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  • Print publication year: 2004
  • Online publication date: July 2009

18 - Hutchinson–Gilford progeria syndrome

Summary

Introduction

Hutchinson–Gilford syndrome or progeria (derived from pro, before, and geras, old age) is characterized by premature ageing (Fig. 18.1) and the early onset of age-related complications such as joint restriction and cerebral and myocardial infarction. Progeria occurs in about one in eight million people (DeBusk, 1972), but the true incidence may be somewhat higher (Sarkar & Shinton, 2001).

Clinical manifestations

Patients with progeria typically begin to develop clinical signs by age 1 or 2 years, but later onset has been described (Ogihara et al., 1986; Sarkar & Shinton, 2001). Signs of progeria progress over time. Alopecia, for example, may not be present initially, but is almost universal by adolescence. The most common early features are short stature, decreased subcutaneous fat, joint restriction and alopecia (Fig. 18.1) (Gilkes et al., 1974; DeBusk, 1972). Skeletal changes include thinning of the bones and coxa valga; some children have repeated poorly healing fractures (Djupesland, 1962; Gabr et al., 1960). The characteristic aged physical appearance of progeria results from a combination of postural changes, decreased subcutaneous fat, alopecia and skin laxity. Survival into middle age has been described, but death during the second decade is more typical (Dyck et al., 1987).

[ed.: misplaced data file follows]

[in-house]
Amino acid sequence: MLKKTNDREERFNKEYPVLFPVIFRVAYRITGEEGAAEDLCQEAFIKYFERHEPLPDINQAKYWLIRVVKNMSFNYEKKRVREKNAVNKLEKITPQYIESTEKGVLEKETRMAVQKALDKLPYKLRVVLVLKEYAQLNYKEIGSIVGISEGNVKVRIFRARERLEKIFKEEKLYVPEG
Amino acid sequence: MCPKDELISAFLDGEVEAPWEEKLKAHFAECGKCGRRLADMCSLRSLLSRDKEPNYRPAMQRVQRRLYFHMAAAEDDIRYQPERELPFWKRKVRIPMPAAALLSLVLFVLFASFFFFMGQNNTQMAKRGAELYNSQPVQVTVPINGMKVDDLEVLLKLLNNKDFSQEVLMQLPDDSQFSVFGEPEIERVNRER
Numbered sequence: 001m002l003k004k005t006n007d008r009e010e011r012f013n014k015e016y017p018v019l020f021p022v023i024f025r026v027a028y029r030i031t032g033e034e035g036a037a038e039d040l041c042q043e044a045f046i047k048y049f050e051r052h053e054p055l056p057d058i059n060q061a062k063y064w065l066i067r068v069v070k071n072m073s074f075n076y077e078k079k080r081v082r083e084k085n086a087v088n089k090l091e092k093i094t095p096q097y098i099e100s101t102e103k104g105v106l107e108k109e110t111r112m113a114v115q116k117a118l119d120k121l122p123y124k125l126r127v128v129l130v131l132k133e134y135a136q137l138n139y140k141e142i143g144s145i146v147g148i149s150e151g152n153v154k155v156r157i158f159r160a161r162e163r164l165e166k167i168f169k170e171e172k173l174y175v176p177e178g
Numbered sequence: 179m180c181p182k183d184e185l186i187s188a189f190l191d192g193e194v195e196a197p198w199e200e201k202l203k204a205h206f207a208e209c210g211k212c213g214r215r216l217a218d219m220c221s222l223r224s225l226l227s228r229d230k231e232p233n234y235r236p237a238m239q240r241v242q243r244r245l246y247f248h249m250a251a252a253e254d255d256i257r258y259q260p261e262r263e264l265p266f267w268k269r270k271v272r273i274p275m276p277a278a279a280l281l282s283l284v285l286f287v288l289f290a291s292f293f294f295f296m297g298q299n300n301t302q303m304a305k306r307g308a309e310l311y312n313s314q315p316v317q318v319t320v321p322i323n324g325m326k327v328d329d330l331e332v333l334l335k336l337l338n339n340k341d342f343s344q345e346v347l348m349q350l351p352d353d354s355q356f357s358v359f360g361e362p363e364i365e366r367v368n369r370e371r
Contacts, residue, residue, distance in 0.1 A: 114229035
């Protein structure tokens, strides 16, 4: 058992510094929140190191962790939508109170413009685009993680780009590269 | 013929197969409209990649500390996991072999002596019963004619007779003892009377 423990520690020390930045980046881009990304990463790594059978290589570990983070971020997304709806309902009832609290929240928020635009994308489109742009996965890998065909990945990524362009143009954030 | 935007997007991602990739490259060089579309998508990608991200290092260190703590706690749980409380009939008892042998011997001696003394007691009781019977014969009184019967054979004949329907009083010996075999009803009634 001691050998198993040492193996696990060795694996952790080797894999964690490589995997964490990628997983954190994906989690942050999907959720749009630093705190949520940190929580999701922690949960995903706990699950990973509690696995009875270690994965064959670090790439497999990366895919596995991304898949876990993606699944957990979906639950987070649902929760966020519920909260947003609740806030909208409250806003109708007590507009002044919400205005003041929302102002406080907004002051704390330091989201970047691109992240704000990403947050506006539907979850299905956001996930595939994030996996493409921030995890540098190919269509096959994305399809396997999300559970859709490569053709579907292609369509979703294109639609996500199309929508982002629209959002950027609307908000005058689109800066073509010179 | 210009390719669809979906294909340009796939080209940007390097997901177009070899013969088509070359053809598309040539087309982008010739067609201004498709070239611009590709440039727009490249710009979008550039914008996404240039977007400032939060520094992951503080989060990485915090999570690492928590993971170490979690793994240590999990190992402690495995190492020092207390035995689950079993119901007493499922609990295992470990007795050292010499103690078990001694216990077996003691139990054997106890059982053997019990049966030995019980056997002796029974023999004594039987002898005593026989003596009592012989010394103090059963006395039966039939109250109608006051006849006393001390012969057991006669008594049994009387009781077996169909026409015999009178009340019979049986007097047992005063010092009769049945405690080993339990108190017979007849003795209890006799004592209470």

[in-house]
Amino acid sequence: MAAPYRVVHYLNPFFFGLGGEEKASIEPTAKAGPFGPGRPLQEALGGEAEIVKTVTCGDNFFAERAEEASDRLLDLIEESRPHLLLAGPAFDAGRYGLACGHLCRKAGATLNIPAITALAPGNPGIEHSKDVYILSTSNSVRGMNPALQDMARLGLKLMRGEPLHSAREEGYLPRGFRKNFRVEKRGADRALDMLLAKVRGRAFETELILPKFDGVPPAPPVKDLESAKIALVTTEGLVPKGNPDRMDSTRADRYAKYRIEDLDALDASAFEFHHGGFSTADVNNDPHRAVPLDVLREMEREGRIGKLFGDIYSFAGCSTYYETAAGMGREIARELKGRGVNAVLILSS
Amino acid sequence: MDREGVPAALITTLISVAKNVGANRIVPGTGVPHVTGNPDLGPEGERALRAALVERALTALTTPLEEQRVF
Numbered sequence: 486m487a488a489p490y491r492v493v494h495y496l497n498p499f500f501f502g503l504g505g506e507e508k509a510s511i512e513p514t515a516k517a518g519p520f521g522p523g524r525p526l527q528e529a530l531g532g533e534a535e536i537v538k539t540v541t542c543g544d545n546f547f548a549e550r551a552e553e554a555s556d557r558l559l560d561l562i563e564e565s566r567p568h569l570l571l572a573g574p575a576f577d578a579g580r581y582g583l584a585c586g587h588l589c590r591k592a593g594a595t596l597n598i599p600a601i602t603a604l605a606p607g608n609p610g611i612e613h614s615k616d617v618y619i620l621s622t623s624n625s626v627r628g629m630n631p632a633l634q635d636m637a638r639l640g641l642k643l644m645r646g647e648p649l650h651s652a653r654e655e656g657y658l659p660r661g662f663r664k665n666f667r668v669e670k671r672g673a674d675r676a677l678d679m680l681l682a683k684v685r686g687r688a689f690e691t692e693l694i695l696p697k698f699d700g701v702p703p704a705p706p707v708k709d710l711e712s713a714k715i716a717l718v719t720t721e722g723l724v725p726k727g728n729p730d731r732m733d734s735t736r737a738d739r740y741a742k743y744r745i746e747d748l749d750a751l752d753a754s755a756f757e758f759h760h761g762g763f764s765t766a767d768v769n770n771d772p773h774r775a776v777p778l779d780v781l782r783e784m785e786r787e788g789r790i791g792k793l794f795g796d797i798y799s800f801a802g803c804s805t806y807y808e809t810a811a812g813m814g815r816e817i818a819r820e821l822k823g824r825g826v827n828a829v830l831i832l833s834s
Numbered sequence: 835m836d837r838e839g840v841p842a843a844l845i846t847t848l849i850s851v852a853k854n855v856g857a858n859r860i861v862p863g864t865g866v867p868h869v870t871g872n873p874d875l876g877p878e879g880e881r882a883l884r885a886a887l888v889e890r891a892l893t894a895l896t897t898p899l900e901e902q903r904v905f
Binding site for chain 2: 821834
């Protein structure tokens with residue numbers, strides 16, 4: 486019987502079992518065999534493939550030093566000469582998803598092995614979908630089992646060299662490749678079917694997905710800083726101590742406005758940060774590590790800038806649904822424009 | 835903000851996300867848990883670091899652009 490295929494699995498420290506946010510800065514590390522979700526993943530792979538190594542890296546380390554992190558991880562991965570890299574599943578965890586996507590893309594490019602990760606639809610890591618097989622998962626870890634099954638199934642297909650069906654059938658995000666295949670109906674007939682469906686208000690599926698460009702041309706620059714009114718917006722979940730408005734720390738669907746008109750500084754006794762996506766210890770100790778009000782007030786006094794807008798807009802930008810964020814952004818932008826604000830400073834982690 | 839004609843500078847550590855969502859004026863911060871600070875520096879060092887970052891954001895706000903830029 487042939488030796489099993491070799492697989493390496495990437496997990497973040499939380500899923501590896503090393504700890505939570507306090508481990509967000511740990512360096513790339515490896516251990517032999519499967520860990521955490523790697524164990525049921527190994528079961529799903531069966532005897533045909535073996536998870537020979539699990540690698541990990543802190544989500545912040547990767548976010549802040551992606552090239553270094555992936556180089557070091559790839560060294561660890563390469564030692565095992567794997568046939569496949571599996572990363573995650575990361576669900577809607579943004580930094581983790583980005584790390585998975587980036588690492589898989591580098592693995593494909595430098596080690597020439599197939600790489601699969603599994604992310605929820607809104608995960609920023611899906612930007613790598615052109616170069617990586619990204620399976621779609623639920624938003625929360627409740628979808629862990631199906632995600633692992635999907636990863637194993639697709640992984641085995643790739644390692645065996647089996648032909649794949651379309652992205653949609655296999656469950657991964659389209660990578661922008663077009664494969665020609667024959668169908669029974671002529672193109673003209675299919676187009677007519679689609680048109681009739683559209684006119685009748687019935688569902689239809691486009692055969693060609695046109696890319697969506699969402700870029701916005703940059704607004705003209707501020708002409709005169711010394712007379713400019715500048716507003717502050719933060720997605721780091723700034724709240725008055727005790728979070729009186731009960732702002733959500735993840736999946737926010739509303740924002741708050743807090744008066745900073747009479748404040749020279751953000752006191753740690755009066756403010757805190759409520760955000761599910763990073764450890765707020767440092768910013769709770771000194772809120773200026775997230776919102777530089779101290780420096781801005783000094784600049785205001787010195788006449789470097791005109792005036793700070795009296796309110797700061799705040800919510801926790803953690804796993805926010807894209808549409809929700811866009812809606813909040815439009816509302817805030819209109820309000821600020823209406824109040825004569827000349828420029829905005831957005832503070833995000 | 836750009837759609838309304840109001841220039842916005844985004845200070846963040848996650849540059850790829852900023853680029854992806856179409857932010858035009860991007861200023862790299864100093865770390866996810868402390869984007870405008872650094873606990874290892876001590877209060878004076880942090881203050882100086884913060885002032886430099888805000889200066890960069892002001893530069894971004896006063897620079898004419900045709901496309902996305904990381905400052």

Almost all children with progeria eventually develop premature vascular disease, leading to stroke (Fig. 18.2) or coronary artery disease (Matsuo et al., 1994; Dyck et al., 1987).

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